5. Next, it appears to have been urged before the labour court, that the Management had paid bonus even for workers dismissed for misconduct in prior years. The Labour Court observed that the Management had failed to adduce satisfactory evidence to prove that workers dismissed for misconduct were not paid bonus in any year preceding 1960-61. It appears to me that this way of approach to the matter in dispute involves the placing of the burden of proof on the wrong party. Once it was established that the worker had been dismissed for misconduct, involving loss or aamage to the Management, under the general principles referred to earlier mentioned in the Sen Award, prima facie, the worker would be disentitled to a claim for bonus. It will be for the worker to prove that in the particular management wherein he is employed there was a practice contrary to the general principles laid down. In such circumstances it will be for him to adduce evidence about it. The approach of the Labour Court in this case regarding this aspect of the case involves therefore a wrong approach in regard to the burden of proof. In fact, the worker in the course of his evidence in this case has only alleged that 'it was incorrect to say that only workers who were working satisfactorily were paid bonus'. He has not asserted that the workers dismissed for misconduct, involving loss to the Management, had been paid in earlier years bonus by the Management. It appears, therefore, that the decision of the Labour Court in this case that the first respondent is entitled to bonus notwithstanding that the order of the Management terminating his services for misconduct involved loss to the management and had become final, is not based on correct principles as laid down by the well-known awards in the case of industrial disputes, including the Sen Award dealing with the matter. The order of the Labour Court, therefore, requires to be set aside and writ of certiorari so far questioning the direction regarding payment of bonus has to issue.
6. With regard to the claim for repayment of the security amount, it is urged by the learned counsel for the Management that since the order of dismissal involves a finding that the worker had caused loss to the Management, the Management would be entitled to retain the security amount as a set-off against that loss. Here, however, the position is different from the case of bonus; prima facie, the money belongs to the worker and in the normal course he would be entitled to get a refund of it. It was for the Management to prove satisfactorily when the matter came before the labour court in a claim petition under Section 33-C(2), that the Management had a lien on that money for loss caused to it by the worker's misconduct. Necessary evidence establishing the link between the worker's conduct and the loss to the Management should have been adduced in the context of the return of the security money. For that purpose the observations of the labour court relating to the insufficiency of the evidence adduced by the Management on this aspect of the case become relevant.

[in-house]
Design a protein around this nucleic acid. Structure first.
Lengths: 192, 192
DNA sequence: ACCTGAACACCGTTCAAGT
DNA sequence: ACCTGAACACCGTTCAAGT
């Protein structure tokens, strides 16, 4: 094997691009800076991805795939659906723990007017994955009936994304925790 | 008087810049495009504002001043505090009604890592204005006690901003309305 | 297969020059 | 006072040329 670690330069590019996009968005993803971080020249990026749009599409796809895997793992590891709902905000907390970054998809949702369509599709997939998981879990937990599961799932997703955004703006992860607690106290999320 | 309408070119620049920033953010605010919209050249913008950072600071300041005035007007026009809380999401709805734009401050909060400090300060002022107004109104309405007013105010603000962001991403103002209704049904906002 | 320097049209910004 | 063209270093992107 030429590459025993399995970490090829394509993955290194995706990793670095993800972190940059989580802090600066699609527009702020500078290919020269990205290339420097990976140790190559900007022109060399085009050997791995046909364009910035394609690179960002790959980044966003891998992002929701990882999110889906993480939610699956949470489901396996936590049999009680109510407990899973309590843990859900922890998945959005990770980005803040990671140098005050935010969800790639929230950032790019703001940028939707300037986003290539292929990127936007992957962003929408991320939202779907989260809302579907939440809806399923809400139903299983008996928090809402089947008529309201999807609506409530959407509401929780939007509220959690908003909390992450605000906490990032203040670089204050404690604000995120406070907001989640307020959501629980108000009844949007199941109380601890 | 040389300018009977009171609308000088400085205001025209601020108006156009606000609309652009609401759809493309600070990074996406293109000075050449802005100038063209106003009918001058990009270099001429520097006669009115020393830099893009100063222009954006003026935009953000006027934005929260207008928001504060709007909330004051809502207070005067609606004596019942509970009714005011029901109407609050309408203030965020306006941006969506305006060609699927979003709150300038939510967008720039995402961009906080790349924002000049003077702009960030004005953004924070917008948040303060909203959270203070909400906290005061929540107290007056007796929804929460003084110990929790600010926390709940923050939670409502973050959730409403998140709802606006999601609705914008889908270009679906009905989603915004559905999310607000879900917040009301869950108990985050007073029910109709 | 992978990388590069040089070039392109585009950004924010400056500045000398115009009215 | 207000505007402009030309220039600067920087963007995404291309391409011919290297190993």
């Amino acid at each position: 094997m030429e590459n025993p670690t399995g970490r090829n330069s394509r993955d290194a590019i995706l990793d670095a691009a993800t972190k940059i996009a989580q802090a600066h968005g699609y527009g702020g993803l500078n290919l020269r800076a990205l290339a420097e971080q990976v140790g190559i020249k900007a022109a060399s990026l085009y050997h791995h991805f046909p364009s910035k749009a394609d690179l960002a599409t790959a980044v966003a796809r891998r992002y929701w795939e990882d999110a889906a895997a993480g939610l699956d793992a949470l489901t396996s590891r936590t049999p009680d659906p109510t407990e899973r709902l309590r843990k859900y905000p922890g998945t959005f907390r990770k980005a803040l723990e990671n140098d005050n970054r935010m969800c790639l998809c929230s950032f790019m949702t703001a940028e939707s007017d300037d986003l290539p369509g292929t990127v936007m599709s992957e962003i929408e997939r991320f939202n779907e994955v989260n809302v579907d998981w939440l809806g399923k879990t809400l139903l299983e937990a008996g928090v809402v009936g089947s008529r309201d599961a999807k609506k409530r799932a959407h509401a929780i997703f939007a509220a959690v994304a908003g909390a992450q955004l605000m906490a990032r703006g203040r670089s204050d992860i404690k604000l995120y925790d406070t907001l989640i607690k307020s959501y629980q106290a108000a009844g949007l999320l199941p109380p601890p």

The proper analogy for dealing with this aspect of the claim can be deduced from the principles laid down in the Payment of Wages Act, 1936, where the Management seeks to make a deduction against the worker's claim for wages on account of damage or loss caused by the worker to the employer. In such a case, Section 10(1-A) of the said Act states that the management should give an opportunity to the worker to show cause against the deduction and adduce satisfactory evidence to support this claim. In my opinion, that evidence, as found by the labour court, is lacking in this case. Therefore, the claim of the worker for repayment of the security deposit amount must be allowed.
7. There was an argument finally urged by the learned counsel for the worker, first respondent, that the amounts involved are very small and that this court, while exercising its discretionary power under Article 226 of the Constitution, should be slow to interfere with the decision of the Labour Court. But a claim was put forward strenuously on behalf of the petitioner that in dealing with the question of bonus in this case, a principle of considerable importance in the consideration of labour-management relations is involved and a decision is necessary without dismissing the writ petition as dealing with amounts of no great value. I was inclined to agree with this contention and heard arguments for and against. That is the reason why the matter had to be considered at some length and a decision given as above.
8. The writ petition is allowed in part as stated above and dismissed in other respects. No order as to costs.